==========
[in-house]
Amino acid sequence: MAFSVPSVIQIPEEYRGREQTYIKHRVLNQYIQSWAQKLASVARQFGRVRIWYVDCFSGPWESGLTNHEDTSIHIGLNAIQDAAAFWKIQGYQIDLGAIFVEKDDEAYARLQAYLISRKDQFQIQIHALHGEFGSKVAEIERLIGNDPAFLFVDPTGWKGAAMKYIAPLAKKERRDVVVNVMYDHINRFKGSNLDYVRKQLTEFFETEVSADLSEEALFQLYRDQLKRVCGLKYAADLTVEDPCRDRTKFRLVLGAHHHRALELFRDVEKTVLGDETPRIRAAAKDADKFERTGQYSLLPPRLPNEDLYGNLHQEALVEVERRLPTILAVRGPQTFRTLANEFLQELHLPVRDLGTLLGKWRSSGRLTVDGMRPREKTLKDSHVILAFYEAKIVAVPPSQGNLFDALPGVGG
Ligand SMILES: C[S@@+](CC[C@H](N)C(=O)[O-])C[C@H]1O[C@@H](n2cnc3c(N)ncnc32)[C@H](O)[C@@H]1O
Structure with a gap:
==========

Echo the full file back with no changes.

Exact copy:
[in-house]
Amino acid sequence: MAFSVPSVIQIPEEYRGREQTYIKHRVLNQYIQSWAQKLASVARQFGRVRIWYVDCFSGPWESGLTNHEDTSIHIGLNAIQDAAAFWKIQGYQIDLGAIFVEKDDEAYARLQAYLISRKDQFQIQIHALHGEFGSKVAEIERLIGNDPAFLFVDPTGWKGAAMKYIAPLAKKERRDVVVNVMYDHINRFKGSNLDYVRKQLTEFFETEVSADLSEEALFQLYRDQLKRVCGLKYAADLTVEDPCRDRTKFRLVLGAHHHRALELFRDVEKTVLGDETPRIRAAAKDADKFERTGQYSLLPPRLPNEDLYGNLHQEALVEVERRLPTILAVRGPQTFRTLANEFLQELHLPVRDLGTLLGKWRSSGRLTVDGMRPREKTLKDSHVILAFYEAKIVAVPPSQGNLFDALPGVGG
Ligand SMILES: C[S@@+](CC[C@H](N)C(=O)[O-])C[C@H]1O[C@@H](n2cnc3c(N)ncnc32)[C@H](O)[C@@H]1O
Structure with a gap: